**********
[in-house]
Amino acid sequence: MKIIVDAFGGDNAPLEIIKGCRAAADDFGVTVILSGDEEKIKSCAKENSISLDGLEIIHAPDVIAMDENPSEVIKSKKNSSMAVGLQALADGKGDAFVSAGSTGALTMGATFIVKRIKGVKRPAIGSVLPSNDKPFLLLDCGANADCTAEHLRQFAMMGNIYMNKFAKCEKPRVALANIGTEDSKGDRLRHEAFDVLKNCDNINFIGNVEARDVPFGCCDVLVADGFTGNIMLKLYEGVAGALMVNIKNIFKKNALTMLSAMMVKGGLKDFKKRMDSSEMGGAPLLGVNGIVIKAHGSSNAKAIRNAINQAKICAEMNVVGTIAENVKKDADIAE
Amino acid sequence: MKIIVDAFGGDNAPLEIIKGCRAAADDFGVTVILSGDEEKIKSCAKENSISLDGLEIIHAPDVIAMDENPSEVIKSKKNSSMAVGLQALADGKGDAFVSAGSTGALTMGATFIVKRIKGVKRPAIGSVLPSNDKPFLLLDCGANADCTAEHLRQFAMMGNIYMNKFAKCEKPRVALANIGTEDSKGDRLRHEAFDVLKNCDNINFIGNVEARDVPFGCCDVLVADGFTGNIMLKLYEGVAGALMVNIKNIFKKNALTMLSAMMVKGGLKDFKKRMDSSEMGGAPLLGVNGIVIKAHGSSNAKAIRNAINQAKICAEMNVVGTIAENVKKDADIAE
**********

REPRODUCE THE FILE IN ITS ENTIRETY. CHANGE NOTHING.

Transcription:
[in-house]
Amino acid sequence: MKIIVDAFGGDNAPLEIIKGCRAAADDFGVTVILSGDEEKIKSCAKENSISLDGLEIIHAPDVIAMDENPSEVIKSKKNSSMAVGLQALADGKGDAFVSAGSTGALTMGATFIVKRIKGVKRPAIGSVLPSNDKPFLLLDCGANADCTAEHLRQFAMMGNIYMNKFAKCEKPRVALANIGTEDSKGDRLRHEAFDVLKNCDNINFIGNVEARDVPFGCCDVLVADGFTGNIMLKLYEGVAGALMVNIKNIFKKNALTMLSAMMVKGGLKDFKKRMDSSEMGGAPLLGVNGIVIKAHGSSNAKAIRNAINQAKICAEMNVVGTIAENVKKDADIAE
Amino acid sequence: MKIIVDAFGGDNAPLEIIKGCRAAADDFGVTVILSGDEEKIKSCAKENSISLDGLEIIHAPDVIAMDENPSEVIKSKKNSSMAVGLQALADGKGDAFVSAGSTGALTMGATFIVKRIKGVKRPAIGSVLPSNDKPFLLLDCGANADCTAEHLRQFAMMGNIYMNKFAKCEKPRVALANIGTEDSKGDRLRHEAFDVLKNCDNINFIGNVEARDVPFGCCDVLVADGFTGNIMLKLYEGVAGALMVNIKNIFKKNALTMLSAMMVKGGLKDFKKRMDSSEMGGAPLLGVNGIVIKAHGSSNAKAIRNAINQAKICAEMNVVGTIAENVKKDADIAE